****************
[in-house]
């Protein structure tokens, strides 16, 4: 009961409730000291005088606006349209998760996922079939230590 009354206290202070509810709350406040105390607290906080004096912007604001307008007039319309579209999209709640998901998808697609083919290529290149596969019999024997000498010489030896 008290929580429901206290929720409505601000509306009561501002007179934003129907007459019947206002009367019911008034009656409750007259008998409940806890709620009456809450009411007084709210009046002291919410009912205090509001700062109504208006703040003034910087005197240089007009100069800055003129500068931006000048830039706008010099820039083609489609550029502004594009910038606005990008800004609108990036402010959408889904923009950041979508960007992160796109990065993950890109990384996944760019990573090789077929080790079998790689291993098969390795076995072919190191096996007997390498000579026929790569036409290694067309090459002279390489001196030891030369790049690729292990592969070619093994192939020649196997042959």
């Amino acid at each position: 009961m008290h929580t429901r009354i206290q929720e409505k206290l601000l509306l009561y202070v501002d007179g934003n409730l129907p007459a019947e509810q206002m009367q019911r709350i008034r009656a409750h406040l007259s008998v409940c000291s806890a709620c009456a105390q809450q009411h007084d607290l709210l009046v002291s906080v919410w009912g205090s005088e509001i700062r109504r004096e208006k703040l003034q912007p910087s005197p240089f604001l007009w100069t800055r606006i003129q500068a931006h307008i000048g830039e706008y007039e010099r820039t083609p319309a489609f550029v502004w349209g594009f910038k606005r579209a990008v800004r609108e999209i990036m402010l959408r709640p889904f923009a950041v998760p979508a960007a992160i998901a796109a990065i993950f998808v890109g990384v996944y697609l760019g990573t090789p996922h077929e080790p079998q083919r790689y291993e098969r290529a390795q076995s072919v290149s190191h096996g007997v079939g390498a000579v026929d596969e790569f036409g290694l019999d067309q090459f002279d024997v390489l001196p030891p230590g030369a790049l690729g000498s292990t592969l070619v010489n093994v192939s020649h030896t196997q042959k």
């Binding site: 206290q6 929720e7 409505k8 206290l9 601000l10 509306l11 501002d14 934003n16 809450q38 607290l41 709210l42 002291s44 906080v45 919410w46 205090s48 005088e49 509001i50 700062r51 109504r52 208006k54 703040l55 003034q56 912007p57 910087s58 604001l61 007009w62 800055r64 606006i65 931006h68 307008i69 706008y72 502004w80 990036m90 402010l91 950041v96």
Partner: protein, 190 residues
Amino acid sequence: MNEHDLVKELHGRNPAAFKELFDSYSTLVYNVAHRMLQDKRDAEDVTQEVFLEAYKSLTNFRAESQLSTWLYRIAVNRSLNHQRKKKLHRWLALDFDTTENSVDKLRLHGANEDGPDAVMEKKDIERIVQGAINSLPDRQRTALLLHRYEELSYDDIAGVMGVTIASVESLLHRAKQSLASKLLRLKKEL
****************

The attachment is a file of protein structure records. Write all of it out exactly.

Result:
[in-house]
């Protein structure tokens, strides 16, 4: 009961409730000291005088606006349209998760996922079939230590 009354206290202070509810709350406040105390607290906080004096912007604001307008007039319309579209999209709640998901998808697609083919290529290149596969019999024997000498010489030896 008290929580429901206290929720409505601000509306009561501002007179934003129907007459019947206002009367019911008034009656409750007259008998409940806890709620009456809450009411007084709210009046002291919410009912205090509001700062109504208006703040003034910087005197240089007009100069800055003129500068931006000048830039706008010099820039083609489609550029502004594009910038606005990008800004609108990036402010959408889904923009950041979508960007992160796109990065993950890109990384996944760019990573090789077929080790079998790689291993098969390795076995072919190191096996007997390498000579026929790569036409290694067309090459002279390489001196030891030369790049690729292990592969070619093994192939020649196997042959």
């Amino acid at each position: 009961m008290h929580t429901r009354i206290q929720e409505k206290l601000l509306l009561y202070v501002d007179g934003n409730l129907p007459a019947e509810q206002m009367q019911r709350i008034r009656a409750h406040l007259s008998v409940c000291s806890a709620c009456a105390q809450q009411h007084d607290l709210l009046v002291s906080v919410w009912g205090s005088e509001i700062r109504r004096e208006k703040l003034q912007p910087s005197p240089f604001l007009w100069t800055r606006i003129q500068a931006h307008i000048g830039e706008y007039e010099r820039t083609p319309a489609f550029v502004w349209g594009f910038k606005r579209a990008v800004r609108e999209i990036m402010l959408r709640p889904f923009a950041v998760p979508a960007a992160i998901a796109a990065i993950f998808v890109g990384v996944y697609l760019g990573t090789p996922h077929e080790p079998q083919r790689y291993e098969r290529a390795q076995s072919v290149s190191h096996g007997v079939g390498a000579v026929d596969e790569f036409g290694l019999d067309q090459f002279d024997v390489l001196p030891p230590g030369a790049l690729g000498s292990t592969l070619v010489n093994v192939s020649h030896t196997q042959k």
């Binding site: 206290q6 929720e7 409505k8 206290l9 601000l10 509306l11 501002d14 934003n16 809450q38 607290l41 709210l42 002291s44 906080v45 919410w46 205090s48 005088e49 509001i50 700062r51 109504r52 208006k54 703040l55 003034q56 912007p57 910087s58 604001l61 007009w62 800055r64 606006i65 931006h68 307008i69 706008y72 502004w80 990036m90 402010l91 950041v96």
Partner: protein, 190 residues
Amino acid sequence: MNEHDLVKELHGRNPAAFKELFDSYSTLVYNVAHRMLQDKRDAEDVTQEVFLEAYKSLTNFRAESQLSTWLYRIAVNRSLNHQRKKKLHRWLALDFDTTENSVDKLRLHGANEDGPDAVMEKKDIERIVQGAINSLPDRQRTALLLHRYEELSYDDIAGVMGVTIASVESLLHRAKQSLASKLLRLKKEL